What Will be Jeremy Corbyn’s Legacy? | Jack William Smith


On April 4th 2020, it was announced that Keir Starmer, former Director of Public Prosecutions, was elected to the Leadership of the Labour Party. Around a decade ago, if one were to mention the Labour Party, followers of politics would often think about the centre-left party of Tony Blair that was “New Labour”. However, prior to the 2017 General Election, the Labour Party had shifted away from the “Third Way” style social democracy, advocated by Tony Blair and Gordon Brown, and had adopted a far more radical stance and party policy platform. This shift in policies stemmed from an election in 2015 of a new party leader, one Jeremy Corbyn. This article aims to analyse what led to the Labour Party’s drastic change in policy platform.

If we were to discuss the far-left in Britain, prior to Corbyn’s leadership election, we might have mentioned the Workers Revolutionary Party, perhaps George Galloway and the Respect party, or even Michael Foot, whose Labour Party manifesto for the 1982 General Election, was dubbed “the longest suicide note in history”. Now some commentators describe Corbyn as “far left”.

Who was this man? Why would this man be elected to be the Labour Party’s leader once in 2015, and again in 2016? We can start by answering the latter question. The Labour Party leadership election in 2010 saw Ed Miliband narrowly defeating his “Blairite” brother David. Miliband was believed to be to the political left of Blair and Brown but not close to the far-left. In 2014, under Miliband’s leadership, the Labour Party changed its electoral system for future party leadership elections; this new system, designed to reduce the influence of the trade unions in the contests, operated on a One Member, One Vote (OMOV) basis. However, non-party members were permitted to register to vote in the contests for a fee set by the party’s National Executive Committee. In 2015 this fee was as low as £3.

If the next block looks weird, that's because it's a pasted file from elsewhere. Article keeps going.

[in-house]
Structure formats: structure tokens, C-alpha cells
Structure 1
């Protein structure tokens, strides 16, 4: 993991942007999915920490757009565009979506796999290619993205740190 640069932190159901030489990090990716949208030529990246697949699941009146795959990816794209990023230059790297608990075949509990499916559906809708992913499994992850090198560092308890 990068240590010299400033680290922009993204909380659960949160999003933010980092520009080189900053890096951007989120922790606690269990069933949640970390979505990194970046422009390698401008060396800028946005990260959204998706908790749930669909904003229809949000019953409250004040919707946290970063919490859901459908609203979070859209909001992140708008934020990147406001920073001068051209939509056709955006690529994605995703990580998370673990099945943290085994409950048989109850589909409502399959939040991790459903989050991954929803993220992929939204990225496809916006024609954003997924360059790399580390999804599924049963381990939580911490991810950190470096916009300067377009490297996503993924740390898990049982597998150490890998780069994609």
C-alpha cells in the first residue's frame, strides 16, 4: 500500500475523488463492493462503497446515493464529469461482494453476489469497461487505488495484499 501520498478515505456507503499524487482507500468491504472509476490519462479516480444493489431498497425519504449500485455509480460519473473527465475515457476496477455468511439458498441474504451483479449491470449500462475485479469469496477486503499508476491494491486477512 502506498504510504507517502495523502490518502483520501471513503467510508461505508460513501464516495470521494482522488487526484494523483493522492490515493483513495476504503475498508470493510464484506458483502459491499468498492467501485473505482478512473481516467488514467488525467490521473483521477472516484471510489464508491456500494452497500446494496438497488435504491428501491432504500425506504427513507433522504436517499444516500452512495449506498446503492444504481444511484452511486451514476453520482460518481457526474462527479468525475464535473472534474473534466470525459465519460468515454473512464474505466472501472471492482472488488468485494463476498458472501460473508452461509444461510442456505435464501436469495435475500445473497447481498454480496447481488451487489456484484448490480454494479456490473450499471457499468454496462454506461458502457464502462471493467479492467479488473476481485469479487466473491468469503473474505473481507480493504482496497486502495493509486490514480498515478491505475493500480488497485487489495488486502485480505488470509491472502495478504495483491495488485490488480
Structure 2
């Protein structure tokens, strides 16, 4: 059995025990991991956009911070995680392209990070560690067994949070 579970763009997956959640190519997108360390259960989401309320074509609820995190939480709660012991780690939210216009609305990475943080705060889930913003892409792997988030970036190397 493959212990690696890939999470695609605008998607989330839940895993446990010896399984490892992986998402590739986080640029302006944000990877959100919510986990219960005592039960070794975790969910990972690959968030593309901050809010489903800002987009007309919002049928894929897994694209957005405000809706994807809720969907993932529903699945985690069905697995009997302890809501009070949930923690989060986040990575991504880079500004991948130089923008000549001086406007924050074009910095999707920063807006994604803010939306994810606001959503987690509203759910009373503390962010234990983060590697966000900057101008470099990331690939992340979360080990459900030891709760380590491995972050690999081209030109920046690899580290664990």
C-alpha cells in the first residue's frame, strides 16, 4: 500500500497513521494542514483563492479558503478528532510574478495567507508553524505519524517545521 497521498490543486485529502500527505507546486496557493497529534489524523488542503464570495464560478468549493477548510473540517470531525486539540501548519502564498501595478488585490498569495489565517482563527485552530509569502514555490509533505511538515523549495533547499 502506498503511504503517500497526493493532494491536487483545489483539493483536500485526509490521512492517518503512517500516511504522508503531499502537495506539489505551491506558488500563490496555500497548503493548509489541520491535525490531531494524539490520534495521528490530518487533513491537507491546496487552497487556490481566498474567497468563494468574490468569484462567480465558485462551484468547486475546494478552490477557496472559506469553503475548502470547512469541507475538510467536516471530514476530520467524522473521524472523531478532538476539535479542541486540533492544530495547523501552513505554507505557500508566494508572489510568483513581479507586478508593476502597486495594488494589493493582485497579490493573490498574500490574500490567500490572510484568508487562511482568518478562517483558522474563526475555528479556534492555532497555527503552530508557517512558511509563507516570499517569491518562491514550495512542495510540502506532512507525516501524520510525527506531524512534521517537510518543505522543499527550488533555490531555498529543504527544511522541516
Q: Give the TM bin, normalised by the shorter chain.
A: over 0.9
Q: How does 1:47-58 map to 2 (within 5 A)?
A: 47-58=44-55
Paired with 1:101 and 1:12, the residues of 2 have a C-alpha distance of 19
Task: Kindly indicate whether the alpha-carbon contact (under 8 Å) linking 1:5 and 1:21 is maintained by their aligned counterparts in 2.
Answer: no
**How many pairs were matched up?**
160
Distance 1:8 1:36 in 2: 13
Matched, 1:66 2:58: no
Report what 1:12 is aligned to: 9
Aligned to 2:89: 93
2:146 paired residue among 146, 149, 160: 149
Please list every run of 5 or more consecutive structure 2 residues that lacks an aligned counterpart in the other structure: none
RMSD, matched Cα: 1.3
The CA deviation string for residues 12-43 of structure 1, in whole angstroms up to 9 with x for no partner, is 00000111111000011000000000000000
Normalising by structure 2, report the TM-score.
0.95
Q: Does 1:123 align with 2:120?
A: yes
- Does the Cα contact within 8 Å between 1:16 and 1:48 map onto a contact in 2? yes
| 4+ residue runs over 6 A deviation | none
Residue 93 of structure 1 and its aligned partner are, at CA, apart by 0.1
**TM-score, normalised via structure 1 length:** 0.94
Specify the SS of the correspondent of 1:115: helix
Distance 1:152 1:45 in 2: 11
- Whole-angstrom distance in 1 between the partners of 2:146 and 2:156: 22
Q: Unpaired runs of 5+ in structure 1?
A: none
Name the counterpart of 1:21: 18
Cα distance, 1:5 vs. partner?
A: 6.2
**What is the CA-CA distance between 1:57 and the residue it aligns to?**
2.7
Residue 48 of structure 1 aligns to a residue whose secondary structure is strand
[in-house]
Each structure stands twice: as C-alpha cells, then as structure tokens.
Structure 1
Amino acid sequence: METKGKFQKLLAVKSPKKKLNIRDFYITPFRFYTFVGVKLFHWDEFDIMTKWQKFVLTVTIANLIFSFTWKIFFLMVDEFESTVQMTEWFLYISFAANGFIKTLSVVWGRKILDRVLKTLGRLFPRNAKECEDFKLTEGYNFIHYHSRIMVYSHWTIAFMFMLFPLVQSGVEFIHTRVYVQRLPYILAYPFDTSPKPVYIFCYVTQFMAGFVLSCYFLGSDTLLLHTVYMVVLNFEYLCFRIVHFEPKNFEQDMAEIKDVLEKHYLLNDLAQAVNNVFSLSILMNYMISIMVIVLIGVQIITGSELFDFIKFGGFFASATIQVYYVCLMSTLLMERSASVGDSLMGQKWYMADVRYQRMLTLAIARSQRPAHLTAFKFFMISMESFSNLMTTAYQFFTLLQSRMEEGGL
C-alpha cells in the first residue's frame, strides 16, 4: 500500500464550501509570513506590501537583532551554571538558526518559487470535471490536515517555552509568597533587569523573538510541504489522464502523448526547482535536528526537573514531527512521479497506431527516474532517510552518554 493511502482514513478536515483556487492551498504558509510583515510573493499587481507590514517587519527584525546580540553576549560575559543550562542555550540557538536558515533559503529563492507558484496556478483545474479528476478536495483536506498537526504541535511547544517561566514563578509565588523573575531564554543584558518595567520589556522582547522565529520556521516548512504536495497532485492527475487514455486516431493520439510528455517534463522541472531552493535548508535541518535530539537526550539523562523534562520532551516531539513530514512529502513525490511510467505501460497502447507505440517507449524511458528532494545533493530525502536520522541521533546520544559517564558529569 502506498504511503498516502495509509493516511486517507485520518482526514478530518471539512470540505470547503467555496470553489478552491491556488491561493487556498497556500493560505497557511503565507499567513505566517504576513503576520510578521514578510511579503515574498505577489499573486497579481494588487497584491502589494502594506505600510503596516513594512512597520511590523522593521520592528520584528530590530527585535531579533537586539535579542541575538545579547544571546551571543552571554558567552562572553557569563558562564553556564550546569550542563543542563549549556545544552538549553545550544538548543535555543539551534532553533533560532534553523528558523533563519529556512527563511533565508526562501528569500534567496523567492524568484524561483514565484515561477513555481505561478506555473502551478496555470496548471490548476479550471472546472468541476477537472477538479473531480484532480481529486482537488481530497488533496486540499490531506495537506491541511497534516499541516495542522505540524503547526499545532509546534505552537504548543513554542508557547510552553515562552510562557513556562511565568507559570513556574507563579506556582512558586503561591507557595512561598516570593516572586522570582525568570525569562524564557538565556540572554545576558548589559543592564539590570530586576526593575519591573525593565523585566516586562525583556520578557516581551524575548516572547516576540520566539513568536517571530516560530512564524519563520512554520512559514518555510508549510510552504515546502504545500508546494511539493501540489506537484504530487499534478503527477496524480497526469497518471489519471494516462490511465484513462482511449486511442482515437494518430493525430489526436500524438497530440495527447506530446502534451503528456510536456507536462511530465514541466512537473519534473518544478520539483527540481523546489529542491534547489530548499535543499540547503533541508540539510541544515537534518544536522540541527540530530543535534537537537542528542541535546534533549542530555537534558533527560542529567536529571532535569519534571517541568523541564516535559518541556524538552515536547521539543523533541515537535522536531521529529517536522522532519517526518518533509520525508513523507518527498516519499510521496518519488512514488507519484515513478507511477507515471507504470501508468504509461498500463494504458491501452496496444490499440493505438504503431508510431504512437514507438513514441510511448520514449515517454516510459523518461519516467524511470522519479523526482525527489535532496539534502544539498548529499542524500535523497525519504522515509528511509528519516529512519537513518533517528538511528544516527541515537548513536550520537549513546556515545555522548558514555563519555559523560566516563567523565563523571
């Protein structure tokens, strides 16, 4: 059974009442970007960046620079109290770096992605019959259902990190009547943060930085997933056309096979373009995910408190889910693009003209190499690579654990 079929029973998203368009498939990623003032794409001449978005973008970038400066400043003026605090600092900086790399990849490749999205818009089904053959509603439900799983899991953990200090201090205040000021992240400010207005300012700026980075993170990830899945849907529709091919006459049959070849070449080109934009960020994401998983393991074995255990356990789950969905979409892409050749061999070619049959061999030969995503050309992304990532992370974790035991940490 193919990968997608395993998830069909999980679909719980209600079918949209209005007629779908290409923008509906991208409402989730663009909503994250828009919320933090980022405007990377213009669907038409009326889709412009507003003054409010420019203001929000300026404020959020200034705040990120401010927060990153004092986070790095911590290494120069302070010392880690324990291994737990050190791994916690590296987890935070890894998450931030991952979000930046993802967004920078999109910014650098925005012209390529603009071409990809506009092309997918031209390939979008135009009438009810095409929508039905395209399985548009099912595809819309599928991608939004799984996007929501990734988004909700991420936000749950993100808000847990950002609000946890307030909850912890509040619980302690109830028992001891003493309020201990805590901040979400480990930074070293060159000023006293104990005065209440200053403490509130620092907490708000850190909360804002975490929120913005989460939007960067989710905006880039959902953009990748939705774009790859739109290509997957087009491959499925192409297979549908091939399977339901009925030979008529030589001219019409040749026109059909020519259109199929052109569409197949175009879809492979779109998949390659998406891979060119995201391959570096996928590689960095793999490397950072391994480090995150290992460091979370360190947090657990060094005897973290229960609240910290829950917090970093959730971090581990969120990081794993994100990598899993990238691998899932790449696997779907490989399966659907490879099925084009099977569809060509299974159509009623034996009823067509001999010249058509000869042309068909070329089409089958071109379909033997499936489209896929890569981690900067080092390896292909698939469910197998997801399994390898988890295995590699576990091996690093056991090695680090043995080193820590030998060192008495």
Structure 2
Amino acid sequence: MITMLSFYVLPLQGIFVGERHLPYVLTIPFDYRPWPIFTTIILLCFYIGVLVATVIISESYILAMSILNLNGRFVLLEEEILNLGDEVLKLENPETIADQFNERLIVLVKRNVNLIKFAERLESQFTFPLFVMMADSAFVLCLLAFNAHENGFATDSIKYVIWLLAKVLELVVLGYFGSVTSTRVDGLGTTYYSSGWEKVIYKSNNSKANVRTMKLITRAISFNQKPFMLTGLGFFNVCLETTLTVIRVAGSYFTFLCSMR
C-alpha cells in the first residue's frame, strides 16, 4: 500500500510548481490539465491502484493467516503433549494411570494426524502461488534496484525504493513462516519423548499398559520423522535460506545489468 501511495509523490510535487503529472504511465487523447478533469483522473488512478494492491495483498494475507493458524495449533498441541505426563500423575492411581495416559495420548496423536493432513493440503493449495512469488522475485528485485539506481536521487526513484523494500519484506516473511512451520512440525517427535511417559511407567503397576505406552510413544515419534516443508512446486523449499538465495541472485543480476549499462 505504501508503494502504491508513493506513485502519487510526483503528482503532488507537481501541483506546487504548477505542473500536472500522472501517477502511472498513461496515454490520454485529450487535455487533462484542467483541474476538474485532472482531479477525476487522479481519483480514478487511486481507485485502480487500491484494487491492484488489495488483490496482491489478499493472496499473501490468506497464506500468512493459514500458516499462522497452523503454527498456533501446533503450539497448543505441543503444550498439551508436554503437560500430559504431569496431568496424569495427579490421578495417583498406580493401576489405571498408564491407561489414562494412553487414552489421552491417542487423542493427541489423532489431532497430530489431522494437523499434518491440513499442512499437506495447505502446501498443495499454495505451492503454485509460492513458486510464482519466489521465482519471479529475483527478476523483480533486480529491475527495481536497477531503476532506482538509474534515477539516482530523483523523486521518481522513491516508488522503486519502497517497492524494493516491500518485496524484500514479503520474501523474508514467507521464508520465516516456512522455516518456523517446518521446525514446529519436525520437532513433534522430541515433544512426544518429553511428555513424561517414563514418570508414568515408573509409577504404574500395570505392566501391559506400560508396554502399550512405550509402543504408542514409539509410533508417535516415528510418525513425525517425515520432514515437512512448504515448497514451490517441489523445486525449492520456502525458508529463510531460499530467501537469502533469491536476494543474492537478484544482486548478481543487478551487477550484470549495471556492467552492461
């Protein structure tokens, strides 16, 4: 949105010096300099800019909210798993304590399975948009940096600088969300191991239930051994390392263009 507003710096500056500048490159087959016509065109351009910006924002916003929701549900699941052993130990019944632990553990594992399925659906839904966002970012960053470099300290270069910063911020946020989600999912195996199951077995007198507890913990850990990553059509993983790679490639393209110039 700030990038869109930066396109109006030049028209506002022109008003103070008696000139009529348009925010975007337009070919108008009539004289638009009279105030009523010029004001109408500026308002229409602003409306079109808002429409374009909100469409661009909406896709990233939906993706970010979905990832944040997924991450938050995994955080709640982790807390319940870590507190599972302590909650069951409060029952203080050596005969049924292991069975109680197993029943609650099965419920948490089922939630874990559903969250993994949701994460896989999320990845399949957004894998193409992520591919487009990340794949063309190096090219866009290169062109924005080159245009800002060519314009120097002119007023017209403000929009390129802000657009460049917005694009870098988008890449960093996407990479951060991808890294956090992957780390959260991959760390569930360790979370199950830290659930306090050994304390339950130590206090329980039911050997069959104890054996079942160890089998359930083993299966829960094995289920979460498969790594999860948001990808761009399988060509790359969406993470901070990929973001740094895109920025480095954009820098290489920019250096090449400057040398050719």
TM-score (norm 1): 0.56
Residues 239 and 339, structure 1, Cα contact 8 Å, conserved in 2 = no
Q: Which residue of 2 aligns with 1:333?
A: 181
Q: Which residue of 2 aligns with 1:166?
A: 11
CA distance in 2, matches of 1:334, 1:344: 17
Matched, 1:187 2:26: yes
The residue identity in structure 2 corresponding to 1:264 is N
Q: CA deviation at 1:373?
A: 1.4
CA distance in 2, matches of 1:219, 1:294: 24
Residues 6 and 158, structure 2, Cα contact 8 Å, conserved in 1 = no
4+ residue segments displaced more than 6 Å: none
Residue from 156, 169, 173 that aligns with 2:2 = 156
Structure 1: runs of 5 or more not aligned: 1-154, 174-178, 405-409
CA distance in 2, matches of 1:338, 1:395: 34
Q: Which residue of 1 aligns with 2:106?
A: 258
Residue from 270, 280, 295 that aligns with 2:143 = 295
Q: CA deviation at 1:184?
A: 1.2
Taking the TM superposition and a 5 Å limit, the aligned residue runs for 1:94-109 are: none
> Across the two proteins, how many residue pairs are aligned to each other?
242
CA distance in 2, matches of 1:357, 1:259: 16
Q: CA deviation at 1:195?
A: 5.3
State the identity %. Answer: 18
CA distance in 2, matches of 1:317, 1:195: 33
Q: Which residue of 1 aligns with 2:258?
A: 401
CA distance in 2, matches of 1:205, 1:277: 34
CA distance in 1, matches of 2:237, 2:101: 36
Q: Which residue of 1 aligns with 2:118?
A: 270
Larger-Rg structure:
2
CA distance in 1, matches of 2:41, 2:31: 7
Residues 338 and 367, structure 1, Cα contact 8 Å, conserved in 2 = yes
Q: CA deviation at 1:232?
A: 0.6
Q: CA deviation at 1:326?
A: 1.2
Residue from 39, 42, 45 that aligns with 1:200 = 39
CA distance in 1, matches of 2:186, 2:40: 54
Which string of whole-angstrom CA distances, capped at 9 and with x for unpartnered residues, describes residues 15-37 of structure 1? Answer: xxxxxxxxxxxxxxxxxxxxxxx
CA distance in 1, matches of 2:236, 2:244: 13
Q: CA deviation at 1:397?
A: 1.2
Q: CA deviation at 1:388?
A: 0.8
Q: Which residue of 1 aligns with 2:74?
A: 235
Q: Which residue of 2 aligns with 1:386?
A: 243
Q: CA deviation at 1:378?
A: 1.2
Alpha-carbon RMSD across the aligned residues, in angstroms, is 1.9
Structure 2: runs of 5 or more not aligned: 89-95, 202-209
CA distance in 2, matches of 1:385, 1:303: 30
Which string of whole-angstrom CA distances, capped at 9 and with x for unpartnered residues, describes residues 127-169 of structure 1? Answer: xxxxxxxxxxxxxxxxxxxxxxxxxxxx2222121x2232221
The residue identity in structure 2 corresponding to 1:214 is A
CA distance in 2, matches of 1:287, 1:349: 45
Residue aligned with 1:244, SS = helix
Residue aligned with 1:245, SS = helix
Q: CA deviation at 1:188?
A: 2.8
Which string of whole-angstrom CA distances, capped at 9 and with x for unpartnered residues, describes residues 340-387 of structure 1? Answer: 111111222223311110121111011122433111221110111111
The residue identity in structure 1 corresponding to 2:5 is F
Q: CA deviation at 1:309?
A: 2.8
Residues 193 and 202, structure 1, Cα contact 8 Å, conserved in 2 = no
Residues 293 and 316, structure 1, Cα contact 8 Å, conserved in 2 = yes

Over 200,000 people had taken advantage of the affiliate scheme, which was endorsed by Corbyn himself, and this influx of new members was also thought to be particularly left-leaning. It is thought that these factors lead to the landslide election of Corbyn as Leader of the Labour Party. Key to this victory was a new pressure group, that would fail to keep a lid on their far-left tendencies: Momentum. It became clear, early on, that the new pressure group was vulnerable to infiltration by former members of radical/far-left political parties, such as the Socialist Workers Party (SWP). It is here that we can turn to Jeremy Corbyn, the man.

Jeremy Corbyn was born in Chippenham, Wiltshire on the 26th of May 1949. At the age of 18, he travelled to Jamaica to work as a voluntary teacher. It is believed that during his stay in the Caribbean, he would develop his far-left ideas. Corbyn would “suddenly” leave Jamaica and he would fail to explain what happened with him for his missing seven months. Skipping forward to the years after Corbyn’s election as the Labour Party’s leader in 2015, the already controversial Leader of the Opposition would appoint two close advisors with strong links to Marxist and Communist doctrine.

These advisors were Marxists Seumas Milne and Andrew Fisher, the latter of whom would write the Labour Party’s 2017 General Election manifesto that stated plans for mass nationalisation and higher corporation taxation. Mr Corbyn also appointed Emily Thornberry and Diane Abbot for two of the most senior positions on the shadow cabinet. Thornberry, appointed shadow Foreign Secretary, had previously resigned from Miliband’s shadow cabinet, having mocked St George’s cross through a well-known snobby tweet on social media.